20's Pointless?

Five questions to ask 20’s Pointless:

For a more detailed explanation of the rebuttal to 20’s Pointless’ claims, please see here

Their Claim #1: 20 mph limits will lead to a “reduction in Bus Services”

Tell them: Hardly any of the roads used by Worthing bus routes are affected by the scheme.

You can check for yourself – compare the map showing 20 mph proposed roads with a map of the main bus routes in Worthing. On the routes which do use roads where 20 mph limits would be introduced, the total affected road length is typically about one mile of quieter residential roads. For this to result in the claimed four minute delay on a round trip, the buses would currently have to be doing at least 40 mph on these roads! Note that Chris Chatfield, MD of Compass Buses is an active member of the 20’s Pointless campaign and UKIP (who campaign against 20 mph limits).

…and ask what evidence they have that bus services would be affected?

Their Claim #2: “UK roads are amongst the safest in Europe. The Worthing roads in question are a reflection of this.”

Tell them: UK road safety is amongst the worst in Europe for children, pedestrians and cyclists and Worthing also has a very poor record for ‘vulnerable road users’.

While UK car drivers and passengers currently enjoy some of the lowest risks of death or injury in Europe, it is a different story for children, pedestrians and cyclists. Worthing has the highest numbers of pedestrian and cyclist deaths and serious injuries in West Sussex. 20’s Pointless only look at people killed or seriously injured (KSIs). They ignore the other 88% of people injured on Worthing’s roads. They ignore the unrecorded ‘damage only’ collisions. They ignore the daily near misses and all the other impacts of driver’s speed – adults and children too afraid to cycle, the elderly too afraid to cross the road, increased traffic noise etc. They also fail to recognise that slowing down to 20 mph almost halves your stopping distance compared to 30 mph, meaning that far more collisions could be avoided. All recognised road safety professionals accept that reducing vehicle speeds reduces the number of collisions.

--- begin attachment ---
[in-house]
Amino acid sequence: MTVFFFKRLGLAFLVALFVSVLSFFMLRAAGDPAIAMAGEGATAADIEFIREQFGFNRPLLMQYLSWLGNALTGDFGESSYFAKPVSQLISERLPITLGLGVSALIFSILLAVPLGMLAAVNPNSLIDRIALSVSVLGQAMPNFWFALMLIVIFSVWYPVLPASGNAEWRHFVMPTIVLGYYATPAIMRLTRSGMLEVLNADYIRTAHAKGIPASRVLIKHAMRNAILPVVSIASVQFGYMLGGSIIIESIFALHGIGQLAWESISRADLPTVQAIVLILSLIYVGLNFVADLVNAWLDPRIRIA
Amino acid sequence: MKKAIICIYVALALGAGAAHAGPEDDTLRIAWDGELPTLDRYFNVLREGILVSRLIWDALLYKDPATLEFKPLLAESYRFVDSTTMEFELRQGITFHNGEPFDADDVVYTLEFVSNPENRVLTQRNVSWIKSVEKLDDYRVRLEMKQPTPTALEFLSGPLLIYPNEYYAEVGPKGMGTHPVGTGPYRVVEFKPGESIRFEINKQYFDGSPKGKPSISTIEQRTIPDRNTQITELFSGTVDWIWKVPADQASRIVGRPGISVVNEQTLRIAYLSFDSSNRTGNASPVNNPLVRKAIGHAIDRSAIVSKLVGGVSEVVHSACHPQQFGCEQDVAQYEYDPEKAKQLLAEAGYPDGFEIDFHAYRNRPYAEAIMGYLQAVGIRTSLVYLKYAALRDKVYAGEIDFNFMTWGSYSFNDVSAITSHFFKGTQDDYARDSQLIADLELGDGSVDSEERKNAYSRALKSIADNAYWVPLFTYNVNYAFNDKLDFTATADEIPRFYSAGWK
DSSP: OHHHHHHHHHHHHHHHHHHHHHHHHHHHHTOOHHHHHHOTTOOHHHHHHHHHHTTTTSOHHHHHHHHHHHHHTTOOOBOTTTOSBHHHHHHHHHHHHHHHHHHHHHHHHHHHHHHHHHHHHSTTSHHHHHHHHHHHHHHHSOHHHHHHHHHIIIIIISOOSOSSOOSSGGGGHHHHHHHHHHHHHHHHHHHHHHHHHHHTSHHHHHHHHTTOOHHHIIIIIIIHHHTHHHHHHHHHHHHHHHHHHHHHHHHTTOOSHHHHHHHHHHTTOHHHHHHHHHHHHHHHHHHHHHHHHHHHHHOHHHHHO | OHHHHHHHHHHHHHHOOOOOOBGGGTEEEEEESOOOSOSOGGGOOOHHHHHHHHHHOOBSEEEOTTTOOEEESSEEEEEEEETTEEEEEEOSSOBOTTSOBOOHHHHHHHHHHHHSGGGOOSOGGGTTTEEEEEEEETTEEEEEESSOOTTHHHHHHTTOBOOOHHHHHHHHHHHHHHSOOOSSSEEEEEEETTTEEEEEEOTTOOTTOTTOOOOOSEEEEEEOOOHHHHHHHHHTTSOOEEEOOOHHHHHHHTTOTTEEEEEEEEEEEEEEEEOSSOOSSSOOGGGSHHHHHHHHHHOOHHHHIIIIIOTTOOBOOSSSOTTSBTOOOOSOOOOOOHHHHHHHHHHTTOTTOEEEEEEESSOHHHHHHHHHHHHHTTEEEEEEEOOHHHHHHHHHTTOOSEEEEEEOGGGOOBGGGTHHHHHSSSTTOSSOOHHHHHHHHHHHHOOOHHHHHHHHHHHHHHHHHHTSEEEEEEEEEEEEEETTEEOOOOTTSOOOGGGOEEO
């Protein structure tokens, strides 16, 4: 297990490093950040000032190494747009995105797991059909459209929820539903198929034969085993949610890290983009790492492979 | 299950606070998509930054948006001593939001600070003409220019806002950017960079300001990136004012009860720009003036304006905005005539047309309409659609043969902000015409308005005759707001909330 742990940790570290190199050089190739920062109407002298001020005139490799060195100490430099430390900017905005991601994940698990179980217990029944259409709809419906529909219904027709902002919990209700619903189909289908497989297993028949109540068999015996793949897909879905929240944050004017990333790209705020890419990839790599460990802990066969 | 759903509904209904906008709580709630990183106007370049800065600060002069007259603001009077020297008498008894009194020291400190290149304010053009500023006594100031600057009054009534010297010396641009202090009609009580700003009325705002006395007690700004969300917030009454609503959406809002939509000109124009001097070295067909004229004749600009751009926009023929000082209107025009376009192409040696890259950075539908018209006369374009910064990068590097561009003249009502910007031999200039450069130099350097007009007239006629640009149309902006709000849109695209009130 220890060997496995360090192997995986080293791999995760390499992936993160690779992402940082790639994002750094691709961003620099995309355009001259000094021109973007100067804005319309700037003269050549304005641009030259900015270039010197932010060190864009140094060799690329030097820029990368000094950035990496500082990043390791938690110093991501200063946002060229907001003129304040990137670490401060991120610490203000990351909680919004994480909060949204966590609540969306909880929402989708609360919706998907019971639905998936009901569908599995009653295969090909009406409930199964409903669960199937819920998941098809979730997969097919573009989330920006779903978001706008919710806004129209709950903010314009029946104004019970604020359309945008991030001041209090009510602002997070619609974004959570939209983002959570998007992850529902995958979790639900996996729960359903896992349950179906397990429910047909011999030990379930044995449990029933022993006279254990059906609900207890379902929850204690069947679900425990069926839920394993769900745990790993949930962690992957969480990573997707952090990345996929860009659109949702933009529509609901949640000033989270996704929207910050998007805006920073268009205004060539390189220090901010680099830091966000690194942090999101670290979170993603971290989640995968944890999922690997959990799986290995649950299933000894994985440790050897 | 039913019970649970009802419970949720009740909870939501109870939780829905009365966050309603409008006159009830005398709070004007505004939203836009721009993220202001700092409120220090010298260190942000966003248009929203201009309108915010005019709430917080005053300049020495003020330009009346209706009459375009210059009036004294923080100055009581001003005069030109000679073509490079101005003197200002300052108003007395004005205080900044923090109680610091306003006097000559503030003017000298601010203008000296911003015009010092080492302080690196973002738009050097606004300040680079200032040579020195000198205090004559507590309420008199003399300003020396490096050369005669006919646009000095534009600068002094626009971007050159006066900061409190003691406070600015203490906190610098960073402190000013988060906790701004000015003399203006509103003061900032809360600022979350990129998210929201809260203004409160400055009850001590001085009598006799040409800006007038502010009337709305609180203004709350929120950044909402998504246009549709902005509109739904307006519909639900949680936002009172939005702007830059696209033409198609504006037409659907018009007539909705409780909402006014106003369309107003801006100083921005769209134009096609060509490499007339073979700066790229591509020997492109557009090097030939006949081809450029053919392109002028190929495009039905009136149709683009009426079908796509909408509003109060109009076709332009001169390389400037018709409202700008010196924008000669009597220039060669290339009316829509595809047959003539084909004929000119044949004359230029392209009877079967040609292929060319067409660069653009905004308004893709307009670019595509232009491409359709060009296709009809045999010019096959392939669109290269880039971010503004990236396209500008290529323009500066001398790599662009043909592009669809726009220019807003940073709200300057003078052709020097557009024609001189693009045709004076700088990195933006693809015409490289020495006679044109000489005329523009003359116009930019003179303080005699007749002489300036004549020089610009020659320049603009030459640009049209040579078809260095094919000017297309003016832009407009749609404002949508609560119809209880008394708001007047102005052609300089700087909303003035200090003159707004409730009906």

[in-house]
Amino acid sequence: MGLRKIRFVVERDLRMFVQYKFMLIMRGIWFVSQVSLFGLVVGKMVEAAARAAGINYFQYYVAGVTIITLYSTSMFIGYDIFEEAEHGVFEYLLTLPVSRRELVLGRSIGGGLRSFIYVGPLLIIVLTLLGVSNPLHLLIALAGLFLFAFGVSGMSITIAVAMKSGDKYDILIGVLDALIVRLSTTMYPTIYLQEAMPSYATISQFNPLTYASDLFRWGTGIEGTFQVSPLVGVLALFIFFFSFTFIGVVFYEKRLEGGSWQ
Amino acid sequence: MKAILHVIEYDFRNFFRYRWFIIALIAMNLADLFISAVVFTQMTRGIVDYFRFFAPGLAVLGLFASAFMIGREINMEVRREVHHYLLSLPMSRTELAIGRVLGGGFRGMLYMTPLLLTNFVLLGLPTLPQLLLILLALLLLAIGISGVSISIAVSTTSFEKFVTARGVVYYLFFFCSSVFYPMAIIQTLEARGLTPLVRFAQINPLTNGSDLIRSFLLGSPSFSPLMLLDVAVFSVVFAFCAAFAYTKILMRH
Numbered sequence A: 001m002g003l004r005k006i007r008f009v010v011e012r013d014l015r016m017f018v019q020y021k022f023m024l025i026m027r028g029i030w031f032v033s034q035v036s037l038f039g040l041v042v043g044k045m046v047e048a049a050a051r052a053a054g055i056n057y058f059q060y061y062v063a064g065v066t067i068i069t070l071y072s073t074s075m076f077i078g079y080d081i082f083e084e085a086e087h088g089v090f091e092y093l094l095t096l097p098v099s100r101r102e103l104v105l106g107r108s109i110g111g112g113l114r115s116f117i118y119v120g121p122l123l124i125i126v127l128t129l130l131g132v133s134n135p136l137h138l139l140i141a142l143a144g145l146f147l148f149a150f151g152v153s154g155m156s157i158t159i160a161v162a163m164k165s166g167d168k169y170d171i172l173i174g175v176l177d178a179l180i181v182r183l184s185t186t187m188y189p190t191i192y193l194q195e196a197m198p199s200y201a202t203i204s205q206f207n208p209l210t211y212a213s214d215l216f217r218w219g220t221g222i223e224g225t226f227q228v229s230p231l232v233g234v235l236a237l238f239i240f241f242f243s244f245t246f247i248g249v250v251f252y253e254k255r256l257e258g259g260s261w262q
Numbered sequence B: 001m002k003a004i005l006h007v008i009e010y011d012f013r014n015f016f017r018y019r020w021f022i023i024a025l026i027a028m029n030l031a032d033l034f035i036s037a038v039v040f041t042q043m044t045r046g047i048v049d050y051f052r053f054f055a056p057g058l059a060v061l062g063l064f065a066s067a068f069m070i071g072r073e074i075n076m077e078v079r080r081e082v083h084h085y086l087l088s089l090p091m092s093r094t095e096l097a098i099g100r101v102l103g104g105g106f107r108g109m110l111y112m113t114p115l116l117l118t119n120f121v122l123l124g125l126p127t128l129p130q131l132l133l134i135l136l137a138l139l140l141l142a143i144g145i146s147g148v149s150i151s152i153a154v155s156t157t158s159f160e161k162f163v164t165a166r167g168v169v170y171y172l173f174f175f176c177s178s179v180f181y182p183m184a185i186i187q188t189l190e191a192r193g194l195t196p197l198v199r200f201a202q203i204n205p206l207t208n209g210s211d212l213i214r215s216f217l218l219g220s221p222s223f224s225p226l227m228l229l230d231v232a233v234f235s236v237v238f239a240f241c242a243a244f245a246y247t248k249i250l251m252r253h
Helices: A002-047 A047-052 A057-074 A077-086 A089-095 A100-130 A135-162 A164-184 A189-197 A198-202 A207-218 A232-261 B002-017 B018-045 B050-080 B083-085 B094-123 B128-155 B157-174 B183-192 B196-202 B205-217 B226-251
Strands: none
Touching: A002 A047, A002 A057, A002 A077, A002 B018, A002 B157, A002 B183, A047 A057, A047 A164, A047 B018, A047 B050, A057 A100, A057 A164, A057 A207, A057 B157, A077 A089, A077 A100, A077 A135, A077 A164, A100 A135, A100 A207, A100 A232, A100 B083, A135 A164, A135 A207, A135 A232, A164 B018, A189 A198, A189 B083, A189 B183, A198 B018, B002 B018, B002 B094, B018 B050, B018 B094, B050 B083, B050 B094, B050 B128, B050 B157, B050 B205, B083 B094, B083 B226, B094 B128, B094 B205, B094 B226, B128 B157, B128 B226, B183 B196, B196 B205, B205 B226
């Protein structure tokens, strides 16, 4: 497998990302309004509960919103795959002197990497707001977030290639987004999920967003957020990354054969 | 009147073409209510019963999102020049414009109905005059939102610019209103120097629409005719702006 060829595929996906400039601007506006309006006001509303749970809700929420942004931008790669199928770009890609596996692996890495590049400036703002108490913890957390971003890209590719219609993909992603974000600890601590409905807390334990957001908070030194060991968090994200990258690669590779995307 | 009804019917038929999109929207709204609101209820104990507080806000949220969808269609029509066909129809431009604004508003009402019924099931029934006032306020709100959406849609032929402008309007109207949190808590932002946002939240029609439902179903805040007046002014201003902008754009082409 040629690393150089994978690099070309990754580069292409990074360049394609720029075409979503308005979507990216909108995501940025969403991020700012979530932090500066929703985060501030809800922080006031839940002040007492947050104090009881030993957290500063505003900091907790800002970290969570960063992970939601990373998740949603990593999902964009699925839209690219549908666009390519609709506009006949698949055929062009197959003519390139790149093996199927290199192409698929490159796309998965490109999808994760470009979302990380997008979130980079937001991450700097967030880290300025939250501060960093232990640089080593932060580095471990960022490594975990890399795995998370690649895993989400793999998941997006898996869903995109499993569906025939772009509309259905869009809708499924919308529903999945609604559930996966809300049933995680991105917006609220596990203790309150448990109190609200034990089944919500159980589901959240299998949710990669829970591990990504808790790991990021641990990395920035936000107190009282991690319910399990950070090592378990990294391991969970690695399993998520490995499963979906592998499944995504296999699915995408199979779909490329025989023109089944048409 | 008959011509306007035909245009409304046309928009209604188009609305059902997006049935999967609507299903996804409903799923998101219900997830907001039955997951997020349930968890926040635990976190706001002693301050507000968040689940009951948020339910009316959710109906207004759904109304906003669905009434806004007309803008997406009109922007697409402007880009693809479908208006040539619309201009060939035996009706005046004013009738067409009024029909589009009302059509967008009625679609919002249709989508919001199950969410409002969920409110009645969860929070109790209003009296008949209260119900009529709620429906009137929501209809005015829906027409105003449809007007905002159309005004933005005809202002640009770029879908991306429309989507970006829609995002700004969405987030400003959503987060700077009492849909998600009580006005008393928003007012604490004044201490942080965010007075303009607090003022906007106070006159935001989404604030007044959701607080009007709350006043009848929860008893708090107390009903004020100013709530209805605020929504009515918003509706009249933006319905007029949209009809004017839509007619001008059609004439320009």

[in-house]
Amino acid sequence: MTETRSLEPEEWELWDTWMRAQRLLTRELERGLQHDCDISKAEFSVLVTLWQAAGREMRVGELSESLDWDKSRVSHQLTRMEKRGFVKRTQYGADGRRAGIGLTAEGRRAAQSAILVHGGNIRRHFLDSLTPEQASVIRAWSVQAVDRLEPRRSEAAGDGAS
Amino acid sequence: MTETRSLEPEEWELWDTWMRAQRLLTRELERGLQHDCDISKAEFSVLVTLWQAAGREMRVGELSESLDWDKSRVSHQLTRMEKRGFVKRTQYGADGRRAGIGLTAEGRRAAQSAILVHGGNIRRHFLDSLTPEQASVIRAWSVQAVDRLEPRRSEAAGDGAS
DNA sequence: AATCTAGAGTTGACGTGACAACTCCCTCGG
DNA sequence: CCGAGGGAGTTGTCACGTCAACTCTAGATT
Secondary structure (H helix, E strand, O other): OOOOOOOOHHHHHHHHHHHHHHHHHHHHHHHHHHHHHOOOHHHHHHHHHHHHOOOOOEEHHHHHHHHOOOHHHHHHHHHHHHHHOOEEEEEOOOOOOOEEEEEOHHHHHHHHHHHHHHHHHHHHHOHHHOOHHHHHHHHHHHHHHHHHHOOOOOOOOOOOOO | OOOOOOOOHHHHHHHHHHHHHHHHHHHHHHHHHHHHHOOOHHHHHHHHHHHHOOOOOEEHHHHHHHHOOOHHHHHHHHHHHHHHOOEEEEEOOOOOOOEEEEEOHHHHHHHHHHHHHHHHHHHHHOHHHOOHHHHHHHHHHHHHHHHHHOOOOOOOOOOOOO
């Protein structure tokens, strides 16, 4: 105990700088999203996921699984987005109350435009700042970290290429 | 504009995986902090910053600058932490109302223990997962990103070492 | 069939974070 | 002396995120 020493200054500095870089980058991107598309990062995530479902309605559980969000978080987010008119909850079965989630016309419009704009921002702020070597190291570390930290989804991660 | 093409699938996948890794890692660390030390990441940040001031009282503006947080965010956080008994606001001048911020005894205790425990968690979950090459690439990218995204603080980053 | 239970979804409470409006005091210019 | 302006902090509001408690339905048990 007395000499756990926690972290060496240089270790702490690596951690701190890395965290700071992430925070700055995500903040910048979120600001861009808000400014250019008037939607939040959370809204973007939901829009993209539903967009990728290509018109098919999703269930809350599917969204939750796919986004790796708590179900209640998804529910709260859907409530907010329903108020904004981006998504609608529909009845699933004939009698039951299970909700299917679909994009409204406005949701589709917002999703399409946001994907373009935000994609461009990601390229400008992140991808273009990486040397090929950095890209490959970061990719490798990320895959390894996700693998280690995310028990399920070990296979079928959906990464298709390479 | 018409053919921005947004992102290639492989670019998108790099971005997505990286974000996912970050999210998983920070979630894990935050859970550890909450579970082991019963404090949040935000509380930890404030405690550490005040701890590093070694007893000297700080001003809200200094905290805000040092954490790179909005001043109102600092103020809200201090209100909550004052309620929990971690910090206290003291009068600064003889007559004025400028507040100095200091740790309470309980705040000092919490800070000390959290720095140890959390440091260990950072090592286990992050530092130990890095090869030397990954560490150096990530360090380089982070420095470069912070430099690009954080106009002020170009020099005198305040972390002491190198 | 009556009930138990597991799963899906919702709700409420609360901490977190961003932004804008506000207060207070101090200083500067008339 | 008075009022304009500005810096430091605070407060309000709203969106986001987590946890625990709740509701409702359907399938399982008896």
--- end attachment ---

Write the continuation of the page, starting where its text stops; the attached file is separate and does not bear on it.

…and ask them why BRAKE, RoadPeace, Sustrans, British Cycling, the CTC, the National Children’s Bureau, the Child Growth Foundation, and Living streets amongst many others all support 20 mph? (see here for more).

Their Claim #3: “A reduction in speed from 30mph to 20mph increases CO2 emission.”

Tell them: The Department for Transport states “driving more slowly (at a steady pace) will always save fuel and carbon dioxide emissions unless a quite unnecessarily low gear is being used.”

It is very common for opponents to 20 mph limits to claim they will increase CO2 emissions. However these claims are often based on misinterpretation of data. The graph 20’s Pointless quote from the Highways Agency cannot be used to assess the impact of a change in speed limit. It was never intended for this purpose and it is wrong to try to use it this way. The reality is that if 20 mph limits result in slower, smoother traffic flows with less acceleration and braking, then they will help reduce fuel consumption. 20 mph limits are also intended to encourage more people to walk and cycle rather than using the car for short journeys – a 100% reduction in fuel consumption!